Contributing to basic research in astronomy since 1904, as part of the Carnegie Institution for Science

Plate Search

You can search for plates either based on celestial coordinates (J2000) or by searching for patterns in the various database fields. Please see the notes below for important information about how coordinates were assigned to the plates and other search strategies.


  • The meta-data for each plate in the database is based solely on the information printed on the envelope and so many fields are missing. As a result, searching for "Hubble" in the Observer field (for example) will yield disappointing results! But the plate ID potentially contains some of this information. Please refer to this guide for search tips using the plate IDs.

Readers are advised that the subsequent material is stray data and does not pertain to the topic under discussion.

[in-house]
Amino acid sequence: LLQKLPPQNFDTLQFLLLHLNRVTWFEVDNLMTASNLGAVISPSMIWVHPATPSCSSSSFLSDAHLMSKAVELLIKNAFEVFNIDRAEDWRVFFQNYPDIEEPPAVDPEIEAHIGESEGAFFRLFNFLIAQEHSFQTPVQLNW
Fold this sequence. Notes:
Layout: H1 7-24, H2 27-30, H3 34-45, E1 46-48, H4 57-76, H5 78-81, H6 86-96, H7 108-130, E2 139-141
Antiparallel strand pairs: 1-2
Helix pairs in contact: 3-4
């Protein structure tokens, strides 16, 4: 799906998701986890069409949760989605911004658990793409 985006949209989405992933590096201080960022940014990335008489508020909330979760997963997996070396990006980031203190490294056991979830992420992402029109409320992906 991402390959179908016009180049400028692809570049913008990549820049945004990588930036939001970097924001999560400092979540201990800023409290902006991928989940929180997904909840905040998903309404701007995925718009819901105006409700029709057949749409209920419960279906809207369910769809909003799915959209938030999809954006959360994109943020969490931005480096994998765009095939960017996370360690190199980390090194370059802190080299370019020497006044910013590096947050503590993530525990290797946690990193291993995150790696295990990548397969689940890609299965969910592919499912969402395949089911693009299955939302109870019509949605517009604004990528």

• Currently, 81% of the plates have J2000 coordinates. These were determined in one of two ways: 1) the coordinates listed on the plate were precessed from the epoch of observation, if known; or 2) the object name was used to determined approximate coordinates using NED or SIMBAD.
  • 15% of plates don't have J2000 coordinates, but do have object strings that were unrecognized by SIMBAD and NED. We are working on identifying these fields, but for now the only way to find these in a search is to use pattern searches (2nd option above). The remaining 4% of plates in the database have no coordinate or object names.
  • The information on telescope used for the observations is very sparse, due to incomplete data on the plates and conflicting nomenclature for the plate IDs (for example a prefix 'H' could stand for 'Hooker' or 'Hubble'). We are working to sort this out. In the meantime, only 36% of the plates have reliable telescope data, so if you filter by telescope, keep in mind you are effectively searching only a third of the database.